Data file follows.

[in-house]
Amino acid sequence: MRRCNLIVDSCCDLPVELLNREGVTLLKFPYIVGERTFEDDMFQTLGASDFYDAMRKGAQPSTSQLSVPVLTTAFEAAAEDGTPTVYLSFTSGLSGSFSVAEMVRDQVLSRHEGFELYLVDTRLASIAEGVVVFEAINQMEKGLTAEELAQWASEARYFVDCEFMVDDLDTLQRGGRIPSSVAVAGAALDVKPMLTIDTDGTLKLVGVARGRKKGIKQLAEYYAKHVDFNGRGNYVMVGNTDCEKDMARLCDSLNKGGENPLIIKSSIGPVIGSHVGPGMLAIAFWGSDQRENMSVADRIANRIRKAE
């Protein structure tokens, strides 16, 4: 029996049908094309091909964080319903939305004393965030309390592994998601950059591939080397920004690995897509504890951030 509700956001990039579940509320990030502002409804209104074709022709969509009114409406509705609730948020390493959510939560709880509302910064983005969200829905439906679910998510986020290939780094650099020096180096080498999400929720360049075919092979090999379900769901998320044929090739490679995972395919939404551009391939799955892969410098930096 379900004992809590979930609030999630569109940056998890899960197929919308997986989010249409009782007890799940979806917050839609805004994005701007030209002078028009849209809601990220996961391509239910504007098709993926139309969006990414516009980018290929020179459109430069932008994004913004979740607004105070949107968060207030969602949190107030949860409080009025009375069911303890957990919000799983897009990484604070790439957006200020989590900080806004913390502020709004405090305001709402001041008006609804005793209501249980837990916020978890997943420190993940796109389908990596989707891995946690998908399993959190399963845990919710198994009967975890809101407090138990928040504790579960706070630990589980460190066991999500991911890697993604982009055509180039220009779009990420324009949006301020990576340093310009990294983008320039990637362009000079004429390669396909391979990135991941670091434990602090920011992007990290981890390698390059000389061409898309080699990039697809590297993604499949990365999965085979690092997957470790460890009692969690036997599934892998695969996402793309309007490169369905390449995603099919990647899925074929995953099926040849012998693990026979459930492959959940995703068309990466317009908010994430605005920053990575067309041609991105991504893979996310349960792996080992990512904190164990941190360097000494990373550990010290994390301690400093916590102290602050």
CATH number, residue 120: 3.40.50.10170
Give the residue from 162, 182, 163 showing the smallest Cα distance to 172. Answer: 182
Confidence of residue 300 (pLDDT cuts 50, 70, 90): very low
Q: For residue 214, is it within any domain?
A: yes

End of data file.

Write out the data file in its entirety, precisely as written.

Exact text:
[in-house]
Amino acid sequence: MRRCNLIVDSCCDLPVELLNREGVTLLKFPYIVGERTFEDDMFQTLGASDFYDAMRKGAQPSTSQLSVPVLTTAFEAAAEDGTPTVYLSFTSGLSGSFSVAEMVRDQVLSRHEGFELYLVDTRLASIAEGVVVFEAINQMEKGLTAEELAQWASEARYFVDCEFMVDDLDTLQRGGRIPSSVAVAGAALDVKPMLTIDTDGTLKLVGVARGRKKGIKQLAEYYAKHVDFNGRGNYVMVGNTDCEKDMARLCDSLNKGGENPLIIKSSIGPVIGSHVGPGMLAIAFWGSDQRENMSVADRIANRIRKAE
């Protein structure tokens, strides 16, 4: 029996049908094309091909964080319903939305004393965030309390592994998601950059591939080397920004690995897509504890951030 509700956001990039579940509320990030502002409804209104074709022709969509009114409406509705609730948020390493959510939560709880509302910064983005969200829905439906679910998510986020290939780094650099020096180096080498999400929720360049075919092979090999379900769901998320044929090739490679995972395919939404551009391939799955892969410098930096 379900004992809590979930609030999630569109940056998890899960197929919308997986989010249409009782007890799940979806917050839609805004994005701007030209002078028009849209809601990220996961391509239910504007098709993926139309969006990414516009980018290929020179459109430069932008994004913004979740607004105070949107968060207030969602949190107030949860409080009025009375069911303890957990919000799983897009990484604070790439957006200020989590900080806004913390502020709004405090305001709402001041008006609804005793209501249980837990916020978890997943420190993940796109389908990596989707891995946690998908399993959190399963845990919710198994009967975890809101407090138990928040504790579960706070630990589980460190066991999500991911890697993604982009055509180039220009779009990420324009949006301020990576340093310009990294983008320039990637362009000079004429390669396909391979990135991941670091434990602090920011992007990290981890390698390059000389061409898309080699990039697809590297993604499949990365999965085979690092997957470790460890009692969690036997599934892998695969996402793309309007490169369905390449995603099919990647899925074929995953099926040849012998693990026979459930492959959940995703068309990466317009908010994430605005920053990575067309041609991105991504893979996310349960792996080992990512904190164990941190360097000494990373550990010290994390301690400093916590102290602050």
CATH number, residue 120: 3.40.50.10170
Give the residue from 162, 182, 163 showing the smallest Cα distance to 172. Answer: 182
Confidence of residue 300 (pLDDT cuts 50, 70, 90): very low
Q: For residue 214, is it within any domain?
A: yes